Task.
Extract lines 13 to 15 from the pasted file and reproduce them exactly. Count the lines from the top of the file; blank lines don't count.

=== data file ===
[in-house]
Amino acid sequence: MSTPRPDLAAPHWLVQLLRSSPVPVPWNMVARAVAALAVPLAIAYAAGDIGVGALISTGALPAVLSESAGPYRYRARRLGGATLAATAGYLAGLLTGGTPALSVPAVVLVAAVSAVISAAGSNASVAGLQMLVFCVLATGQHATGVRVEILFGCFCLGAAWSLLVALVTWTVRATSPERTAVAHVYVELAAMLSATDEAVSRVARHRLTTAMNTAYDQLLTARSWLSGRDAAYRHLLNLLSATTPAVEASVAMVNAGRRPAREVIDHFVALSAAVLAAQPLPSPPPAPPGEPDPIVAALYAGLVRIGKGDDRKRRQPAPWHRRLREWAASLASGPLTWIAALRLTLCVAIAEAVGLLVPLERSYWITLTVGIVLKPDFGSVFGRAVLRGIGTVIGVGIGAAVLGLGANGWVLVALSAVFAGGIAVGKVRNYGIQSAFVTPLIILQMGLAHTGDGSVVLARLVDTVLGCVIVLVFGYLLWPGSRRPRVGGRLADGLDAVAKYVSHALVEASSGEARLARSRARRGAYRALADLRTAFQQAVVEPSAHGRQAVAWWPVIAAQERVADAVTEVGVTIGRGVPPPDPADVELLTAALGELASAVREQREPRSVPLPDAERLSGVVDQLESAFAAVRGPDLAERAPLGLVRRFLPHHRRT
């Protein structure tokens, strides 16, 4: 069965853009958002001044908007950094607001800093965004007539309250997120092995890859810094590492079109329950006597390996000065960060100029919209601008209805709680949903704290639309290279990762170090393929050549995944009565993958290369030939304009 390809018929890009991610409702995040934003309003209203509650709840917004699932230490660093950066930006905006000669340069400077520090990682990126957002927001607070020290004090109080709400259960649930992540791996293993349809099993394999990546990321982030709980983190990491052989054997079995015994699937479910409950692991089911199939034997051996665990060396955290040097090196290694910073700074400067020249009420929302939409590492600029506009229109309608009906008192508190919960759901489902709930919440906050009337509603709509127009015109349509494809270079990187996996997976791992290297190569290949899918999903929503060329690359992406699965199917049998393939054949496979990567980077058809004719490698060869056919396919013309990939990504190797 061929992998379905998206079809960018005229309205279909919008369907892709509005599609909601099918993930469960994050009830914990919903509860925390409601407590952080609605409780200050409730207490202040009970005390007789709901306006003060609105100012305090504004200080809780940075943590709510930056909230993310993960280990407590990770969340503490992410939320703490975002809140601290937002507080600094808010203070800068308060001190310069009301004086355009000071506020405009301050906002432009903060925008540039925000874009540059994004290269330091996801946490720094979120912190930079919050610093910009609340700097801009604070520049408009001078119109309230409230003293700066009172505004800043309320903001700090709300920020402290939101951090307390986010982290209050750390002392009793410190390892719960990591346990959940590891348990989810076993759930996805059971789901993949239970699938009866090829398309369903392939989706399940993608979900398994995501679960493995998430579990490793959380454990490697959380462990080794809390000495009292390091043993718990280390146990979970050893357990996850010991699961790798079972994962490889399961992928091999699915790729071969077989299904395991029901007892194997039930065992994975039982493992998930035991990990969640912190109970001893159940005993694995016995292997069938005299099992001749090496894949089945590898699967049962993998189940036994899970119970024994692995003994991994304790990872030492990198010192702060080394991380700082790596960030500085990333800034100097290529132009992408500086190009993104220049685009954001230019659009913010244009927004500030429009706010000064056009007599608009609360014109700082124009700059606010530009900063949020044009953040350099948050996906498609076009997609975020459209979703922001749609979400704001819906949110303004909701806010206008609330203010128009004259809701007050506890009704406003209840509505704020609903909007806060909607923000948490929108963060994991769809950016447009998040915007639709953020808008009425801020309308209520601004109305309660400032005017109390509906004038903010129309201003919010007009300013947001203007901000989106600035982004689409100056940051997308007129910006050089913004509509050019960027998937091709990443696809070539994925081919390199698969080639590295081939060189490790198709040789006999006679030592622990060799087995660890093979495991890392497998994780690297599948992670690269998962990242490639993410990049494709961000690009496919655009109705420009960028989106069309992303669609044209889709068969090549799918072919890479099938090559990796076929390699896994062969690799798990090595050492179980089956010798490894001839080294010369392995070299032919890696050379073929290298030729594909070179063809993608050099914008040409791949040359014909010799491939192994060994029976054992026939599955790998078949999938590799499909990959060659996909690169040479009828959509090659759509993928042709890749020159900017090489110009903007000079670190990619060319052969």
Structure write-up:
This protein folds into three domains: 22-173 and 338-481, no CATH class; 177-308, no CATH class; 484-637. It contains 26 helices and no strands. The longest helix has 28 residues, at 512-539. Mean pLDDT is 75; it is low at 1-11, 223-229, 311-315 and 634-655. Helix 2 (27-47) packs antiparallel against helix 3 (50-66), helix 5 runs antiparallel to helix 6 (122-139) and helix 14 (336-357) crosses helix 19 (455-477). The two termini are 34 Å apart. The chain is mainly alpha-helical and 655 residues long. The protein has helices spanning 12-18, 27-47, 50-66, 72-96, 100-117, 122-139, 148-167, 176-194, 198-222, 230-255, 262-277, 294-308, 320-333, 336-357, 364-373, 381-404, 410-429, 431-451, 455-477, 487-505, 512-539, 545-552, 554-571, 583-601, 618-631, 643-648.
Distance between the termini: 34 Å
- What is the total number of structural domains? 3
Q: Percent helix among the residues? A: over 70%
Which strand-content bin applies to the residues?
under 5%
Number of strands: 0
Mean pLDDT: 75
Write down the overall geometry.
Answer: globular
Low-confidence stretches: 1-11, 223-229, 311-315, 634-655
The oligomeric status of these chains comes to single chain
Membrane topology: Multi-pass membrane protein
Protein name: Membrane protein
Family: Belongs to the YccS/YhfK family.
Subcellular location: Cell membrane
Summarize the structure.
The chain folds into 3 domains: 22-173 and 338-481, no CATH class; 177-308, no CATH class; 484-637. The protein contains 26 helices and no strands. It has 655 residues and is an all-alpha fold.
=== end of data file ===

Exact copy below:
Write down the overall geometry.
Answer: globular
Low-confidence stretches: 1-11, 223-229, 311-315, 634-655